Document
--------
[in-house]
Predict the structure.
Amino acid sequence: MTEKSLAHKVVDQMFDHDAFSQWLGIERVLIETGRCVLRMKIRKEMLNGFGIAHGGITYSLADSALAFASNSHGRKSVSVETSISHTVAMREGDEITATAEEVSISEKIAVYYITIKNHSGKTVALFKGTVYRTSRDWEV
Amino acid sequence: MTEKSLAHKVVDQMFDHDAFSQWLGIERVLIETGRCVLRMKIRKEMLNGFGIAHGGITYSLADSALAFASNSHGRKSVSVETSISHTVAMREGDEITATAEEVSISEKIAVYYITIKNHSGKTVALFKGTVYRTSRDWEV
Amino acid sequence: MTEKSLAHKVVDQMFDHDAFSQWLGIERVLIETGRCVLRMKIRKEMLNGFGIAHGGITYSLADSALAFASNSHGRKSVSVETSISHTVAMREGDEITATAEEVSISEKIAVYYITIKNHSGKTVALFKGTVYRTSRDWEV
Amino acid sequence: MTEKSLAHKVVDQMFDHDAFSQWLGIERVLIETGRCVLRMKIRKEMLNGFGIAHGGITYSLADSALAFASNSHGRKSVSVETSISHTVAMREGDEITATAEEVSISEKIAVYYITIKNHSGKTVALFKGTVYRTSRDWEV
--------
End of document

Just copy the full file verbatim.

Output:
[in-house]
Predict the structure.
Amino acid sequence: MTEKSLAHKVVDQMFDHDAFSQWLGIERVLIETGRCVLRMKIRKEMLNGFGIAHGGITYSLADSALAFASNSHGRKSVSVETSISHTVAMREGDEITATAEEVSISEKIAVYYITIKNHSGKTVALFKGTVYRTSRDWEV
Amino acid sequence: MTEKSLAHKVVDQMFDHDAFSQWLGIERVLIETGRCVLRMKIRKEMLNGFGIAHGGITYSLADSALAFASNSHGRKSVSVETSISHTVAMREGDEITATAEEVSISEKIAVYYITIKNHSGKTVALFKGTVYRTSRDWEV
Amino acid sequence: MTEKSLAHKVVDQMFDHDAFSQWLGIERVLIETGRCVLRMKIRKEMLNGFGIAHGGITYSLADSALAFASNSHGRKSVSVETSISHTVAMREGDEITATAEEVSISEKIAVYYITIKNHSGKTVALFKGTVYRTSRDWEV
Amino acid sequence: MTEKSLAHKVVDQMFDHDAFSQWLGIERVLIETGRCVLRMKIRKEMLNGFGIAHGGITYSLADSALAFASNSHGRKSVSVETSISHTVAMREGDEITATAEEVSISEKIAVYYITIKNHSGKTVALFKGTVYRTSRDWEV